You'll find a facsimile of the book (with God) on line at the Spanish Biblioteca Nacional.

Saturday, November 14, 2009


Bet you haven't seen one of these before. The cittern is normally a modest little four-course instrument, remarkably similar to a 16th century ukelele. But this monster has fourteen courses, the result of an unwise match between a cittern and a Italian chitarrone four times its size. It's the cover illustration from Thomas Robinson's New Citharen Lessons, published in London in 1609. He called his book "the sweetest Cornell of my conceited Cithering" and optimistically described the new instrument as "most fulle, sweete and easie".

In fact, most pieces in the book are for the old-fashioned four-course cittern, and there's just half a dozen pieces at the end for the big fellow. There's some satisfyingly big six- and seven-note chords, but the extra bass strings are disappointingly sparingly used. An opportunity missed.

Cittern music looks rather scary to lute players. The chords require apparently impossible stretches; but the instrument is much smaller so (I guess...) they can be reached. And the music routinely goes much higher up the fingerboard than lute music: up to fret q (the 15th fret) on occasion.

Robinson wasn't the only English lutenist to stray onto the cittern. Antony Holborne published The Cittharn Schoole in 1597. In the dedication, he calls the instrument 'this little Wanton' and the book 'my silly Citharn Schoole'. Clearly a man with a healthy sense of the ridiculous.

Role model

Now, that is one hell of a
  • big lute
  • hat
  • playing posture
  • set of leg muscles
  • costume
  • beard
  • scowl
Thanks to Adrian Le Roy (1574) for the picture.

Thursday, November 05, 2009

Tarnished reputations

After being at the pains of scoring several of Dowland's compositions, I have been equally disappointed and astonished at his scanty abilities in counterpoint, and the great reputation he acquired with his cotemporaries, which has been courteously continued to him, either by the indolence or ignorance of those who have had occasion to speak of him, and who took it for granted that his title to fame, as a profound musician, was well founded.

Actually, that's not me speaking. It's Dr. Charles Burney in his General History of Music, published in 1789.

After demolishing Dowland he continues with Ferrabosco:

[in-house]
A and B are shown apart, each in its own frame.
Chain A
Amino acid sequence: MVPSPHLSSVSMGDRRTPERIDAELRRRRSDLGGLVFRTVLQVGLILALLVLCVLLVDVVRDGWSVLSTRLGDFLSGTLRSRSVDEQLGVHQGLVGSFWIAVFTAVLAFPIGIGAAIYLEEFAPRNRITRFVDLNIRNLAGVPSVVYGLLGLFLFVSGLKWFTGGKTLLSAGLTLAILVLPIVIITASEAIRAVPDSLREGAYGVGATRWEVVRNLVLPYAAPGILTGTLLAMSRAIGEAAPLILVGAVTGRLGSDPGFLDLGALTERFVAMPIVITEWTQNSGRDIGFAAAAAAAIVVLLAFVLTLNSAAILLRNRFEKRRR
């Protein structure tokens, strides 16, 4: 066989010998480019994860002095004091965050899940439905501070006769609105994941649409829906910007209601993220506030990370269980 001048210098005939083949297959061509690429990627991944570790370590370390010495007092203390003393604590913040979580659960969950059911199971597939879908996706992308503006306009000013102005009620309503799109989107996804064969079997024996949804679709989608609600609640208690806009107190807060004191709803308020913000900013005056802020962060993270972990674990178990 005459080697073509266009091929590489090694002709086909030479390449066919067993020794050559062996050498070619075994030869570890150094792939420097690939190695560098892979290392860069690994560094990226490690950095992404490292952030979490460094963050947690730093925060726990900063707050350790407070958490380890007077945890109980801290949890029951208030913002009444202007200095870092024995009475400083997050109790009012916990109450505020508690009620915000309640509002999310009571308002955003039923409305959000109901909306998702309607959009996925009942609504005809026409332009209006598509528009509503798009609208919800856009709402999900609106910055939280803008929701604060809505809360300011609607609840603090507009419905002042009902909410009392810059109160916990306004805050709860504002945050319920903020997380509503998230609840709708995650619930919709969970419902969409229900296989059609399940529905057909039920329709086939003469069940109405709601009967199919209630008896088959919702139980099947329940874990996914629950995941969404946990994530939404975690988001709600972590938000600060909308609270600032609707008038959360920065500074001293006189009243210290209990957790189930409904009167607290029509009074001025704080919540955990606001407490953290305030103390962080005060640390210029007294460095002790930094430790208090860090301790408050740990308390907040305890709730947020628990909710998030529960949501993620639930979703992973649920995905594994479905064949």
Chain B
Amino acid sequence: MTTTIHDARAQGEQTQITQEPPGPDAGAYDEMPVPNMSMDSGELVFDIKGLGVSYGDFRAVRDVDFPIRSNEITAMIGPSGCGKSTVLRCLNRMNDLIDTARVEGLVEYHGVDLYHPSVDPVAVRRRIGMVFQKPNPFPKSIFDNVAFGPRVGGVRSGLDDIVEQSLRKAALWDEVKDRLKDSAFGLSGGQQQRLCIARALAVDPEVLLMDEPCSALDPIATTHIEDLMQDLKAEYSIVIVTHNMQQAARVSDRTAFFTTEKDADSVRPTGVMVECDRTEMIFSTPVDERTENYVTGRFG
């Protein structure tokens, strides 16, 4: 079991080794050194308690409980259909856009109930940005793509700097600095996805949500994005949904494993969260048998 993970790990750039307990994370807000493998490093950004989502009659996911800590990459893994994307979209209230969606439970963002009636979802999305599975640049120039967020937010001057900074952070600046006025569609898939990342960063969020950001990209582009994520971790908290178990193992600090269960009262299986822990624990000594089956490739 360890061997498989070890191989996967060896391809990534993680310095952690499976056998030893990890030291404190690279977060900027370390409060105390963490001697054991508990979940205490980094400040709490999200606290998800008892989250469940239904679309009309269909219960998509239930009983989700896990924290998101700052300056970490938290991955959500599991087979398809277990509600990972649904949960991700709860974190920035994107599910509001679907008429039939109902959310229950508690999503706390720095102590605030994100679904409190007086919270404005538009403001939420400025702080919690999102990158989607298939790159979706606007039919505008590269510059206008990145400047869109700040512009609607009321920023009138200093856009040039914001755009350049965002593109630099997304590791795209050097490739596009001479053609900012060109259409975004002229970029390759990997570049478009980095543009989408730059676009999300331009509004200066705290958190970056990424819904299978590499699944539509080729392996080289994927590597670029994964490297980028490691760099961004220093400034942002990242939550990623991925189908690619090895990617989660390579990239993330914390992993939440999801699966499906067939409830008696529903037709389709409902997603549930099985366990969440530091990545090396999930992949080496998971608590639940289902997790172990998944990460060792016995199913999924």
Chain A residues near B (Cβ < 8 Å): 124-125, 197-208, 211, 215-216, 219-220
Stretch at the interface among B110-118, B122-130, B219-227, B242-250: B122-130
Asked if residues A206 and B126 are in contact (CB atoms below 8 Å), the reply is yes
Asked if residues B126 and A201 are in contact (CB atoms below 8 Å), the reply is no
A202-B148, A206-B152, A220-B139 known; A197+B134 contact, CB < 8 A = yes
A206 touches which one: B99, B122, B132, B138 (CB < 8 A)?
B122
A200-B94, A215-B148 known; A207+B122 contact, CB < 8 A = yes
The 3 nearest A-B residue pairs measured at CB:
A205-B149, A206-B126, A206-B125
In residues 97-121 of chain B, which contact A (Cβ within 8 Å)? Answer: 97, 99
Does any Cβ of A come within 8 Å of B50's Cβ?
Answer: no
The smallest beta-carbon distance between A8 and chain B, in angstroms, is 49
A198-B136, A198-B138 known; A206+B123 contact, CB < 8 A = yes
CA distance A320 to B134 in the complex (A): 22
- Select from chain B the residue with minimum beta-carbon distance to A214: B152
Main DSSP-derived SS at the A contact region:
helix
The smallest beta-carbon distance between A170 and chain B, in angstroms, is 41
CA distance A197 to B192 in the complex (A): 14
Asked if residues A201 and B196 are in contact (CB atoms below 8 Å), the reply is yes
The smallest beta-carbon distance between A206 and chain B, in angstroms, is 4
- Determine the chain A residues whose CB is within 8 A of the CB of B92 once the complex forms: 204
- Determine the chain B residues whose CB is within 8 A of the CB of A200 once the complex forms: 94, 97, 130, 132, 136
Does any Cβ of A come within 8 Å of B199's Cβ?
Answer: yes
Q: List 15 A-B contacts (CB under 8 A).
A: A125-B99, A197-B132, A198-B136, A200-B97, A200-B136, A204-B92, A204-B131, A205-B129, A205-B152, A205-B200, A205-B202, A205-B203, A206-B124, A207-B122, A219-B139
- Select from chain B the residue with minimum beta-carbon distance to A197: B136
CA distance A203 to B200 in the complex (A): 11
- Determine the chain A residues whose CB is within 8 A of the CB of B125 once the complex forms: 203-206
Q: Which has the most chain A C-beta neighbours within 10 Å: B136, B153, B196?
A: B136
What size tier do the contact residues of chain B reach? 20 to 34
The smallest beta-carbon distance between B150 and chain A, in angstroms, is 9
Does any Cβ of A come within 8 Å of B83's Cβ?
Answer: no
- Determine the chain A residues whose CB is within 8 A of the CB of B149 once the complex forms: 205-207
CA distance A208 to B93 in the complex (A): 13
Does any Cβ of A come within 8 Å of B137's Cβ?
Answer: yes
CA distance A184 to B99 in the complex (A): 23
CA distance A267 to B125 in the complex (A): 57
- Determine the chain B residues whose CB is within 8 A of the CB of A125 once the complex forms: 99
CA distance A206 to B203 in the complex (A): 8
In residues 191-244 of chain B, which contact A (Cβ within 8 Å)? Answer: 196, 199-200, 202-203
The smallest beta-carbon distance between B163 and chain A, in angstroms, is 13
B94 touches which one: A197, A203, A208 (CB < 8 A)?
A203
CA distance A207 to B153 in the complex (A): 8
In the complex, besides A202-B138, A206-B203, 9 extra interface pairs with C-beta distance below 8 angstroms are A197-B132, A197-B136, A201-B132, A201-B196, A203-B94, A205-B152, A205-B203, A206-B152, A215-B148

I have my doubts likewise concerning the genius, at least, of the second FERRABOSCO, who had the Poets and Dilettanti all on his side; but whose works, that have come under my inspection, seem wholly unworthy of a great professor... [He] published Ayres, with an accompaniment for the lute, in London, 1609, which contain as little merit of any kind as I have ever seen in productions to which the name of a master of established reputation is prefixed...

Burney is fair in his criticism and includes four pages of music by these composers so that readers can judge for themselves. He annotates the Dowland and comments that "The places in Dowland's second composition marked with a +, will be not be found very grateful to nice ears". Expressive augmented triads: absolutely not allowed. As for Ferrabosco, "the musical critic in the following plates shall have it in his power to discover such beauties in them as may have escaped my observation." Ouch.

Interestingly, neither transcription contains any lute music. To illustrate Dowland, Burney has chosen two Lamentations by Dowland, for 4 and 5 voices, published by Leighton in 1614, and little known today. In the original source (illustrated above) the 4-voice piece is a consort song, with tablature parts for lute, bandora and cittern which Burney has suppressed. His transcription of a Ferrabosco air reduces the tablature lute part to a figured bass, eliminating much of the detail. Possibly, with his emphasis on strict counterpoint as the mark of a good composer, Burney was simply unable to come to terms with the greater fluidity of polyphonic writing on the lute. Or possibly the closed world of tablature discouraged him, as it has so many others.

Tuesday, October 06, 2009